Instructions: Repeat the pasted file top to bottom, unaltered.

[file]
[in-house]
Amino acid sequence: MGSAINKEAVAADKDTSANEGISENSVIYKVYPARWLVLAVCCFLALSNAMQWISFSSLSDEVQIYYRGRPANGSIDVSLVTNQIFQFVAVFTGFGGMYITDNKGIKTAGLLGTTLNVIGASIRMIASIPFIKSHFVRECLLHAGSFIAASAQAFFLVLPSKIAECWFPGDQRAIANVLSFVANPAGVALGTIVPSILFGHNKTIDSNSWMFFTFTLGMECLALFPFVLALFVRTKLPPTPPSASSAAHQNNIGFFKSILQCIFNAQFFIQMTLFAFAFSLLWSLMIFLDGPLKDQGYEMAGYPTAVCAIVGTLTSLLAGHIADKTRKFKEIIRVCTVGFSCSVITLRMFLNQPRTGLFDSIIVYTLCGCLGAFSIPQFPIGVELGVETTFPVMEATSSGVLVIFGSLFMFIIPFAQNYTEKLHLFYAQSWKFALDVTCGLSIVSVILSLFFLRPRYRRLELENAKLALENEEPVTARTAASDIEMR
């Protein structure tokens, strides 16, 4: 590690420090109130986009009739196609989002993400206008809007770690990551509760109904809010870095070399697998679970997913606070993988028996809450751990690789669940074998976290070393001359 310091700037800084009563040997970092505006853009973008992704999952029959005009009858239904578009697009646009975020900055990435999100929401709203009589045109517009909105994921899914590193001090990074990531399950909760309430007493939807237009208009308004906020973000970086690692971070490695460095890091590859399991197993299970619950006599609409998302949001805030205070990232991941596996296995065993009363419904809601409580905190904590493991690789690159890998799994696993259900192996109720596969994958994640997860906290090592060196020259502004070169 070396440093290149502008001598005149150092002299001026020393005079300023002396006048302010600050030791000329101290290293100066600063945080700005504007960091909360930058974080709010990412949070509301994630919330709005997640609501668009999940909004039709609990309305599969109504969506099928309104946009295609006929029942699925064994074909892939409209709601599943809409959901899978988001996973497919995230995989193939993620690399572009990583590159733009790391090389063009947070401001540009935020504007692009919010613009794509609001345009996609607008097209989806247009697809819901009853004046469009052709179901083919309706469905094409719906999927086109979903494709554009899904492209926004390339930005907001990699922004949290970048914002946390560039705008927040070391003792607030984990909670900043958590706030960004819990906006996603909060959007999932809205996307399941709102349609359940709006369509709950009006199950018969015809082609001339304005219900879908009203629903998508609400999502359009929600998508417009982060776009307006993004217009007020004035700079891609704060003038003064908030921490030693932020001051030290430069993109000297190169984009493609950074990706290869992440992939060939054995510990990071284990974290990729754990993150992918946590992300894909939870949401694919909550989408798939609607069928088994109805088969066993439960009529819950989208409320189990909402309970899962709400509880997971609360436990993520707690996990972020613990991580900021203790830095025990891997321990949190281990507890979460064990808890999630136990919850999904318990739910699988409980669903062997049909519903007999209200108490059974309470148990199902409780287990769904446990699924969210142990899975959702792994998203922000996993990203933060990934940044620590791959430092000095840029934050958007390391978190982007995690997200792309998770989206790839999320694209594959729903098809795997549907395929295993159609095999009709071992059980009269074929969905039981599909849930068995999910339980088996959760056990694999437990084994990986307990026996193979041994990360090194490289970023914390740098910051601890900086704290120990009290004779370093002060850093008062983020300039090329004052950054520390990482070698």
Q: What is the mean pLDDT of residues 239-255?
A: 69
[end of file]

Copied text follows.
[in-house]
Amino acid sequence: MGSAINKEAVAADKDTSANEGISENSVIYKVYPARWLVLAVCCFLALSNAMQWISFSSLSDEVQIYYRGRPANGSIDVSLVTNQIFQFVAVFTGFGGMYITDNKGIKTAGLLGTTLNVIGASIRMIASIPFIKSHFVRECLLHAGSFIAASAQAFFLVLPSKIAECWFPGDQRAIANVLSFVANPAGVALGTIVPSILFGHNKTIDSNSWMFFTFTLGMECLALFPFVLALFVRTKLPPTPPSASSAAHQNNIGFFKSILQCIFNAQFFIQMTLFAFAFSLLWSLMIFLDGPLKDQGYEMAGYPTAVCAIVGTLTSLLAGHIADKTRKFKEIIRVCTVGFSCSVITLRMFLNQPRTGLFDSIIVYTLCGCLGAFSIPQFPIGVELGVETTFPVMEATSSGVLVIFGSLFMFIIPFAQNYTEKLHLFYAQSWKFALDVTCGLSIVSVILSLFFLRPRYRRLELENAKLALENEEPVTARTAASDIEMR
């Protein structure tokens, strides 16, 4: 590690420090109130986009009739196609989002993400206008809007770690990551509760109904809010870095070399697998679970997913606070993988028996809450751990690789669940074998976290070393001359 310091700037800084009563040997970092505006853009973008992704999952029959005009009858239904578009697009646009975020900055990435999100929401709203009589045109517009909105994921899914590193001090990074990531399950909760309430007493939807237009208009308004906020973000970086690692971070490695460095890091590859399991197993299970619950006599609409998302949001805030205070990232991941596996296995065993009363419904809601409580905190904590493991690789690159890998799994696993259900192996109720596969994958994640997860906290090592060196020259502004070169 070396440093290149502008001598005149150092002299001026020393005079300023002396006048302010600050030791000329101290290293100066600063945080700005504007960091909360930058974080709010990412949070509301994630919330709005997640609501668009999940909004039709609990309305599969109504969506099928309104946009295609006929029942699925064994074909892939409209709601599943809409959901899978988001996973497919995230995989193939993620690399572009990583590159733009790391090389063009947070401001540009935020504007692009919010613009794509609001345009996609607008097209989806247009697809819901009853004046469009052709179901083919309706469905094409719906999927086109979903494709554009899904492209926004390339930005907001990699922004949290970048914002946390560039705008927040070391003792607030984990909670900043958590706030960004819990906006996603909060959007999932809205996307399941709102349609359940709006369509709950009006199950018969015809082609001339304005219900879908009203629903998508609400999502359009929600998508417009982060776009307006993004217009007020004035700079891609704060003038003064908030921490030693932020001051030290430069993109000297190169984009493609950074990706290869992440992939060939054995510990990071284990974290990729754990993150992918946590992300894909939870949401694919909550989408798939609607069928088994109805088969066993439960009529819950989208409320189990909402309970899962709400509880997971609360436990993520707690996990972020613990991580900021203790830095025990891997321990949190281990507890979460064990808890999630136990919850999904318990739910699988409980669903062997049909519903007999209200108490059974309470148990199902409780287990769904446990699924969210142990899975959702792994998203922000996993990203933060990934940044620590791959430092000095840029934050958007390391978190982007995690997200792309998770989206790839999320694209594959729903098809795997549907395929295993159609095999009709071992059980009269074929969905039981599909849930068995999910339980088996959760056990694999437990084994990986307990026996193979041994990360090194490289970023914390740098910051601890900086704290120990009290004779370093002060850093008062983020300039090329004052950054520390990482070698």
Q: What is the mean pLDDT of residues 239-255?
A: 69